1: <MediaElement LoadedBehavior="Play">
3: <EventTrigger RoutedEvent="MediaElement.Loaded">
7: <MediaTimeline Source="Instructions.avi" RepeatBehavior="Forever" Storyboard.TargetName="video" />
Unfortunately this solution is not reliable. After some time it can took a while before the video starts playing again after it has ended. Sometimes the video stops playing completely. Some searching revealed that the MediaElement indeed is not reliable enough. Some alternatives where suggested, for example http://wpfmediakit.codeplex.com/.
The mediakit can indeed be a solution but there is a simpler way without adding a dependency on a third party framework. Instead of using a StoryBoard and a MediaTimeLine you can also manage the repetition yourself. The following code demonstrates this.
1: <MediaElement x:Name="instructionVideo" Width="320" Height="240" Source="Videos/Instructions.mp4" LoadedBehavior="Manual" Loaded="instructionVideo_Loaded" MediaEnded="instructionVideo_MediaEnded" VerticalAlignment="Bottom" HorizontalAlignment="Center" Canvas.Top="40"/>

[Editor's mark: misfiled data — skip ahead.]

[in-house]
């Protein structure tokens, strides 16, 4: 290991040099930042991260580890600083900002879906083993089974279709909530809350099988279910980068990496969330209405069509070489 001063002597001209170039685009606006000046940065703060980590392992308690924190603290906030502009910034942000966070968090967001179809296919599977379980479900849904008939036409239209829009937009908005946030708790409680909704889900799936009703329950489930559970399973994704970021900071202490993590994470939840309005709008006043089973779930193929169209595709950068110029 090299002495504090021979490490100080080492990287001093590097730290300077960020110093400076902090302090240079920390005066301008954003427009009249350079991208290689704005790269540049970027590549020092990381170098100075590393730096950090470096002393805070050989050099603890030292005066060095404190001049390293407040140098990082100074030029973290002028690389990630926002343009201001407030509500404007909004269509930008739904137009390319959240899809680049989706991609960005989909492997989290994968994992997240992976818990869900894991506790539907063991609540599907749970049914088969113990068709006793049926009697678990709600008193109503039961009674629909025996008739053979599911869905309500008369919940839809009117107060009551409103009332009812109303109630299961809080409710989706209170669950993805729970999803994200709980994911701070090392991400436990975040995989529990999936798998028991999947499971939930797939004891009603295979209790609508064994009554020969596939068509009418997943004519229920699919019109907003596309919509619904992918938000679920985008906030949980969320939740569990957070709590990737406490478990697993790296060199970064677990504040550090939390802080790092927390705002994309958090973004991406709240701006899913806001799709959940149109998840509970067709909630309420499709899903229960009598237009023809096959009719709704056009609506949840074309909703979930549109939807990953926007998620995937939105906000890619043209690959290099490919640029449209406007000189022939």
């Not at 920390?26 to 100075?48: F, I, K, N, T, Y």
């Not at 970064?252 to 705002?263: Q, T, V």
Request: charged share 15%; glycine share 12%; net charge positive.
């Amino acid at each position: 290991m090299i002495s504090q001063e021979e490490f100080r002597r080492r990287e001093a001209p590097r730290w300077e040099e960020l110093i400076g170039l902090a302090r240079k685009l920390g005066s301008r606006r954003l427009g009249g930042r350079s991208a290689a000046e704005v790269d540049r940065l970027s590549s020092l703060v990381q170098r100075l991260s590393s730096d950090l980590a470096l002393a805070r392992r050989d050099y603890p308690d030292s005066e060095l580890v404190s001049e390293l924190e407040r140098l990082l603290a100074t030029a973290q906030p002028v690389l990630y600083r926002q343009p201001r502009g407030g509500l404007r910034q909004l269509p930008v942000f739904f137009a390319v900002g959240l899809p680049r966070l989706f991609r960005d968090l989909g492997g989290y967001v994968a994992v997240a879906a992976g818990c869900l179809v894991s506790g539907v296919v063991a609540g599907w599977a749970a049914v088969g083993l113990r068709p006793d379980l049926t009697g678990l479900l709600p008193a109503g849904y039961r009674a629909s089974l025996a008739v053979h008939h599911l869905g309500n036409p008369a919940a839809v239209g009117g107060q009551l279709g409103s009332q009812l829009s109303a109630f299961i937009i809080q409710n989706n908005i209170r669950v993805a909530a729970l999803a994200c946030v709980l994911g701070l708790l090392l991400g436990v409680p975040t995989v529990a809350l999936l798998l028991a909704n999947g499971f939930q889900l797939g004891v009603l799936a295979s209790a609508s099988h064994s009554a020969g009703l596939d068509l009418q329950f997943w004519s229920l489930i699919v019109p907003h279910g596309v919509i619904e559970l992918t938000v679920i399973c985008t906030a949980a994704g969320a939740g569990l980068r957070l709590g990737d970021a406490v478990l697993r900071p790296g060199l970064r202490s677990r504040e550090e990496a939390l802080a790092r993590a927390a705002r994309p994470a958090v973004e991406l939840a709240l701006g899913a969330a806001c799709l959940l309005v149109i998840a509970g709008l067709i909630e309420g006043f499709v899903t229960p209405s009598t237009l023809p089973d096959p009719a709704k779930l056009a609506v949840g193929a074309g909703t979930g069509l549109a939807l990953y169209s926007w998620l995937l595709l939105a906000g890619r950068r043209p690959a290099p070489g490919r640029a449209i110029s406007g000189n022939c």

The above XAML fragment is accompanied by the following code-behind:
1: private void instructionVideo_Loaded(object sender, RoutedEventArgs e)
6: private void instructionVideo_MediaEnded(object sender, RoutedEventArgs e)
8: instructionVideo.Position = TimeSpan.FromSeconds(0);
Instead of letting WPF manage the video, we specify a LoadedBehavior of Manual which means we can manage the starting and stopping of the video ourselves. To actually start the video the Loaded event handler is used which calls the Play method on the instructionVideo element. When the video reaches the end, the MediaEnded event is dispatched. In this event the Position is set back to 0 so the video starts playing from the beginning again. This proved to be a reliable way of continuously looping videos.
PS. the video in questions is in mp4 format and about 20 seconds in length which must loop all day long.